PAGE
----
Jacob Stockdale getting used to Ulster and Ireland rugby media spotlight
JACOB Stockdale claims that he is not particularly at ease with constantly being in the Ulster and Ireland rugby media spotlight but he is certainly getting used to it
The 21-year-old Ireland winger will, once again, hog the headlines if he can produce another eye-catching performance when Ulster take on Harlequins in the European Champions Cup at the Kingspan Stadium tonight.
Stockdale scored Ulster's try in the epic 17-5 win over the English team last Sunday at the Stoop, to register his sixth touchdown for the team this season.
At international level, his stock has also risen with a try-a-game average in his locker since making his Ireland debut on the summer tour of USA and Japan.
He scored twice in the 28-19 victory over Argentina in the Autumn internationals after also crossing the line in the earlier 38-3 win over South Africa at the Aviva Stadium.
"I'm in the public eye a lot more, which I don't enjoy so much, but you have to take the good with the bad." said Stockdale.
"I think the guys here (at Ulster) make it easy, they keep you firmly grounded; it's easy when you're going back into Ulster, and having to work hard, you don't have time to think too much about people saying how good you are.
"I feel very comfortable with all the guys. If I try to drive to standards and stuff, I don't think they'd be going 'what's this 21-year-old doing, he's only just here?'
"At the same time, there's guys here who have been playing for Ireland for a long, long time -Tommy (Bowe) and Trimby (Andrew Trimble), you have to respect that.
"I think it's easy to get caught up in how good you're playing, or how successful you're being but one bad game can turn that round and you'll have people saying 'aaw, maybe he isn't as good as we thought he was'."
Stockdale says he learned a lot from being in the Ireland camp last month under head coach Joe Schmidt following his relatively low-key baptism on the summer tour.
"It was a great experience, working with different guys, different points of view on how to do different things, it was tough but it was a really good challenge." he said.
"There's an incredible wealth of knowledge in Irish rugby; I've been lucky enough to have guys around me, who are all vastly experienced in international rugby.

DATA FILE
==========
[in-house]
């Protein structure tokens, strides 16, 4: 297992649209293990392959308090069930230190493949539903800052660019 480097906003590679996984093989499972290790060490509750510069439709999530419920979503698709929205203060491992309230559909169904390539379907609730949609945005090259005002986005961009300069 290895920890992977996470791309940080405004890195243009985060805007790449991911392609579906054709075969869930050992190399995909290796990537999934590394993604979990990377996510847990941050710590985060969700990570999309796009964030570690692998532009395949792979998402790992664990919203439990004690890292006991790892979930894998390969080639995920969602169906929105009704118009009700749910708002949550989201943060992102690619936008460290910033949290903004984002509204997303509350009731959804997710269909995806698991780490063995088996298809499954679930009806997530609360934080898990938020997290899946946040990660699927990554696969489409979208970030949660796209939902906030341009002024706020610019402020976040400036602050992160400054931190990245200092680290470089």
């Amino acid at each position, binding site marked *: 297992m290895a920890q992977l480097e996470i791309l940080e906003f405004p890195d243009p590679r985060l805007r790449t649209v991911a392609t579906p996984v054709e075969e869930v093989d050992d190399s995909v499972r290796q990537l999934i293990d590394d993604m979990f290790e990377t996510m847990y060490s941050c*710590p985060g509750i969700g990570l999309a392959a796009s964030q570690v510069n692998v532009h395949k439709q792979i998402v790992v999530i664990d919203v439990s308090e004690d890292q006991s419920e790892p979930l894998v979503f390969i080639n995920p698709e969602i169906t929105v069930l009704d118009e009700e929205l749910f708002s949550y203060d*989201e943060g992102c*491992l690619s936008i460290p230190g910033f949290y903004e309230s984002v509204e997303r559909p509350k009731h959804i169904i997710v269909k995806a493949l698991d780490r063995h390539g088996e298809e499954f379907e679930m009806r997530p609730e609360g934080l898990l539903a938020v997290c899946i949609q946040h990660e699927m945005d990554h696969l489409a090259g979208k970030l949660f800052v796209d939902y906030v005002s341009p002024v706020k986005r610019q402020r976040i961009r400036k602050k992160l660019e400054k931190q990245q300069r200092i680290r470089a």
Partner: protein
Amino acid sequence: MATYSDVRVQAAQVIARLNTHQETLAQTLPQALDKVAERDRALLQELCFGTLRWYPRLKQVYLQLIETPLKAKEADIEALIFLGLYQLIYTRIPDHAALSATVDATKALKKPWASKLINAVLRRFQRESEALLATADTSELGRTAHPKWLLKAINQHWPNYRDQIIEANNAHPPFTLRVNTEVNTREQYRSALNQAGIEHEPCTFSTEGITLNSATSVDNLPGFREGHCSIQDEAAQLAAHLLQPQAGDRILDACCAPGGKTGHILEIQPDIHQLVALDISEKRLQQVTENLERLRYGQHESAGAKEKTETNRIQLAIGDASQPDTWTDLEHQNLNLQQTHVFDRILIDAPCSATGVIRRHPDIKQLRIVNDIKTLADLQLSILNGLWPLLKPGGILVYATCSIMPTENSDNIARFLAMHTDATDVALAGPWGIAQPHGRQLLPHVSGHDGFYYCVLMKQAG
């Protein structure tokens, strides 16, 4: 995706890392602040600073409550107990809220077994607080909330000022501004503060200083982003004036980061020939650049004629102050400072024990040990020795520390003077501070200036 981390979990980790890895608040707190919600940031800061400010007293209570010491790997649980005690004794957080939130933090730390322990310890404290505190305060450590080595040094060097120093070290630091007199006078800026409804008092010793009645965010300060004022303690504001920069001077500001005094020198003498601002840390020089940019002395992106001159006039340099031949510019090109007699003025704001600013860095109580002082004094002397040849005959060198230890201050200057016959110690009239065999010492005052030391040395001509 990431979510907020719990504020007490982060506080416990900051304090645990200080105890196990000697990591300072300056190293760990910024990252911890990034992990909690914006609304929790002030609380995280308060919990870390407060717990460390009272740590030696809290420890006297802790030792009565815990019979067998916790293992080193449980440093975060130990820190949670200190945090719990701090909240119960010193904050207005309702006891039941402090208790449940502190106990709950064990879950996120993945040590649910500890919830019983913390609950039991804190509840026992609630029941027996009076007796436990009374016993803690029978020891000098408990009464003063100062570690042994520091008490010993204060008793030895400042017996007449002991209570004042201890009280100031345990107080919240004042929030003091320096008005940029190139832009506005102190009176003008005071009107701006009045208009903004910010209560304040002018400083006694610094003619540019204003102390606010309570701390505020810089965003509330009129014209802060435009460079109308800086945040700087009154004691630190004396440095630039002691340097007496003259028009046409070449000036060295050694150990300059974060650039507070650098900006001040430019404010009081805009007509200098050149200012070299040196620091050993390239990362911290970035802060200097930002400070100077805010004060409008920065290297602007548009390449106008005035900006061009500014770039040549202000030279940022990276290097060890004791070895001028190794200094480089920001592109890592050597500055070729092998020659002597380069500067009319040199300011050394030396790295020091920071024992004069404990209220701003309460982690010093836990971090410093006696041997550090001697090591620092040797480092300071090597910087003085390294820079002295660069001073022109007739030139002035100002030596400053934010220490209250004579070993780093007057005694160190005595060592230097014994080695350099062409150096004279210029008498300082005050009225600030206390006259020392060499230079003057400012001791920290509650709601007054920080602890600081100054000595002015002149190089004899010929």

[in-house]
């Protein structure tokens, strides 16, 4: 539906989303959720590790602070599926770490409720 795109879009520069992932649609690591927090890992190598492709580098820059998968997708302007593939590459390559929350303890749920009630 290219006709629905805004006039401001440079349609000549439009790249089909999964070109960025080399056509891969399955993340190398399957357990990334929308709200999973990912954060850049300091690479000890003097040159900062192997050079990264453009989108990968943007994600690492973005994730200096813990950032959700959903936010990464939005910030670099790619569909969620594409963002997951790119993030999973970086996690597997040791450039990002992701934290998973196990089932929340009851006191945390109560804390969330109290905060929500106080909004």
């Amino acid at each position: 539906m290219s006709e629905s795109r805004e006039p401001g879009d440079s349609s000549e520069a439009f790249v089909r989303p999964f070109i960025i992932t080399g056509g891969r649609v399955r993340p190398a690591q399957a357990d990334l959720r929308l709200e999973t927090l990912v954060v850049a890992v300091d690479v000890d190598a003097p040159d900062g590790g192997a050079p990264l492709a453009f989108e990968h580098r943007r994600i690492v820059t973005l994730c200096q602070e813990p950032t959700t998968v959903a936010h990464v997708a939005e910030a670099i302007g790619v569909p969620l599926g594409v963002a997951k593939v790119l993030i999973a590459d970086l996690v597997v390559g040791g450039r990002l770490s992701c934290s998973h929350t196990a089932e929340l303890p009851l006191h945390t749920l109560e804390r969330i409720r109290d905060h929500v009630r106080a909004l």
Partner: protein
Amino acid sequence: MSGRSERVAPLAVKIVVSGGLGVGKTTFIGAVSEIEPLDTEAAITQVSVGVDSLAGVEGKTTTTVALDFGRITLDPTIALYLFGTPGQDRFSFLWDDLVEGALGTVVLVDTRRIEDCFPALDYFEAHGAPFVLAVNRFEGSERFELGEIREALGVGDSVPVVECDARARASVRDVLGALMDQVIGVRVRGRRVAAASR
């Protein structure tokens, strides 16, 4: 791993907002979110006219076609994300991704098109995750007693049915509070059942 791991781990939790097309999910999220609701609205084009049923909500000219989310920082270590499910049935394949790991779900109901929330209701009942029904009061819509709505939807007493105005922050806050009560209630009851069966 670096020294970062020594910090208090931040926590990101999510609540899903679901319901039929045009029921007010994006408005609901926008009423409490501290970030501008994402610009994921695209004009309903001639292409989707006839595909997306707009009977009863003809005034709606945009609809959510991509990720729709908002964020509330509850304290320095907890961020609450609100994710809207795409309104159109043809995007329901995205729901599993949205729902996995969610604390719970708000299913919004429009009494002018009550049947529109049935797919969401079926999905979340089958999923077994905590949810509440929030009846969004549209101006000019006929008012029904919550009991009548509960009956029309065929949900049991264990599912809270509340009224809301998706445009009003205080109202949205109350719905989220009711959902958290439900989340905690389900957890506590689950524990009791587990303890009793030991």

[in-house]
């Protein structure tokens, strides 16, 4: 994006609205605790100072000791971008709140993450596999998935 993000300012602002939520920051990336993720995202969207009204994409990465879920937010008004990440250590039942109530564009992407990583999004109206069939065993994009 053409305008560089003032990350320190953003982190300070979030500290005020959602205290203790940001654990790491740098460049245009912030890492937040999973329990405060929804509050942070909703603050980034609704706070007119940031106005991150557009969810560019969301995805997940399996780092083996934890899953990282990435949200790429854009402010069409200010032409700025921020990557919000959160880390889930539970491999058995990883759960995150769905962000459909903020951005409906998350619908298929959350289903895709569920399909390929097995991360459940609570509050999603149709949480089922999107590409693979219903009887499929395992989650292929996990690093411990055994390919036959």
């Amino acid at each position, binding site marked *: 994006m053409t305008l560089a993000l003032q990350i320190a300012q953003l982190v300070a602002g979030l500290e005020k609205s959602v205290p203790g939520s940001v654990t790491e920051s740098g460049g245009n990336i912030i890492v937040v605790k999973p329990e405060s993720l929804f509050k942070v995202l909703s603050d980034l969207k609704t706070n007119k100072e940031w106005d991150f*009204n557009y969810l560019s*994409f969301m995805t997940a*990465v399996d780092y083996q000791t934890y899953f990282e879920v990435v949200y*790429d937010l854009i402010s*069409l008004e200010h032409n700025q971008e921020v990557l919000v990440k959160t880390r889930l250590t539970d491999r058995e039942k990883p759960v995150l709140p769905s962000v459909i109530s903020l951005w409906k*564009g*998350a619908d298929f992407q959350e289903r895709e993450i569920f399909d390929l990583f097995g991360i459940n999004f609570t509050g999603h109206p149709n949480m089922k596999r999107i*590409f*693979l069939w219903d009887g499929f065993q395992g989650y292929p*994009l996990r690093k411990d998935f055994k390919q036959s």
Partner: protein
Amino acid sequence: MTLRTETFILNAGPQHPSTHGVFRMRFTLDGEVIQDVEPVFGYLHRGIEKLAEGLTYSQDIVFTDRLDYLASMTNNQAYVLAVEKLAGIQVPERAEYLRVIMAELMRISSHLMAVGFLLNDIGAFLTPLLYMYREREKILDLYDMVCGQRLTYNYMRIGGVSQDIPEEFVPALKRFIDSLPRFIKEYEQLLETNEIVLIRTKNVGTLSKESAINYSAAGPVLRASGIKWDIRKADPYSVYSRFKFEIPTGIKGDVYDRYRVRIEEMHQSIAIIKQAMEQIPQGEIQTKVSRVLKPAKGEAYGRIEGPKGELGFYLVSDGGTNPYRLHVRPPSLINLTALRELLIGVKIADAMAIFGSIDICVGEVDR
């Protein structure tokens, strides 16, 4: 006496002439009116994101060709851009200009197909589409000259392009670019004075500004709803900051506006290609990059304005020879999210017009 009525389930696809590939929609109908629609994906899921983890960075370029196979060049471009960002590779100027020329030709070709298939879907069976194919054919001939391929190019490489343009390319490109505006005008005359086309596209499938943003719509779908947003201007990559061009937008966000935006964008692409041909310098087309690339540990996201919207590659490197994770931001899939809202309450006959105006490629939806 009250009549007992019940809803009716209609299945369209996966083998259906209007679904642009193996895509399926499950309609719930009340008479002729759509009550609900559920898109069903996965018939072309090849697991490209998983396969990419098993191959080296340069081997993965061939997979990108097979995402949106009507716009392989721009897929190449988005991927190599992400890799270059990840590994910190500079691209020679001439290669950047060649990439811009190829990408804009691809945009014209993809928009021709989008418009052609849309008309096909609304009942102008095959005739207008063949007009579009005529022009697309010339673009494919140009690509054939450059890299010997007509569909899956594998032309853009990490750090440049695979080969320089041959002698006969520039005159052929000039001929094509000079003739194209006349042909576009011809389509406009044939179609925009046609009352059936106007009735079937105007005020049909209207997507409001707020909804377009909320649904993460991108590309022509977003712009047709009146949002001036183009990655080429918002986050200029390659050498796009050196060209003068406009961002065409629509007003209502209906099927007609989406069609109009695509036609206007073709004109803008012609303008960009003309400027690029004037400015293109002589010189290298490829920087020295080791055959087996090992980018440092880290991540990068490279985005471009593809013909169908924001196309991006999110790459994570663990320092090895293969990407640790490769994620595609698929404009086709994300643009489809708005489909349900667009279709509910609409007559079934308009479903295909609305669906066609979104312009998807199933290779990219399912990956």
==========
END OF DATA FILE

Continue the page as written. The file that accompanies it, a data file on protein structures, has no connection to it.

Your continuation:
"In camp, you get more of that; with those guys around me,it wouldn't make any sense not to pick their brains and ask them what they think would be best in certain situations."
Turning to the task in hand tonight when there is no margin for error as Ulster need to beat a depleted Harlequins team to keep their hopes of securing a European quarter-final place alive, Stockdale is daring to dream of a first personal appearance in the last eight.
"They’re out of Europe but won’t by any means come over here and roll over and give us an easy win; they’re an incredibly spirited club and they’re an incredibly skilled club, so I think it’s going to be a tough game." he said,
"We’re expecting a real real hard fight again; I’ve never got to experience knockout rugby and it’s something I’m really keen to get an opportunity to do.
"To get to the quarter finals in Europe would be massive for us as a team and for me personally, but at the same time there’s an awful lot of rugby and we’ll have to take each week as it comes, work hard and get one win after another."
Ulster: C Piutau; C Gilroy, L Ludik, S McCloskey, J Stockdale; C Lealiifano, J Cooney; C Black, R Herring, W Herbst; A O'Connor, K Treadwell; I Henderson (capt), C Henry, N Timoney.
Replacements: J Andrew, A Warwick, R Kane, M Rea, S Reidy, P Marshall, P Nelson, A Trimble.
Harlequins: R Chisholm; C Walker, W Stanley, J Roberts, A Alofa; M Smith, I Prior; L Boyce, E Elia, K Sinckler; G Merrick, C Matthews; A White, D Ward (capt), R Bothma (capt).
Replacements: C Piper, M Lambert, P Swainston, M Luamanu, D Lamb, J Lang, T Visser, M Brown.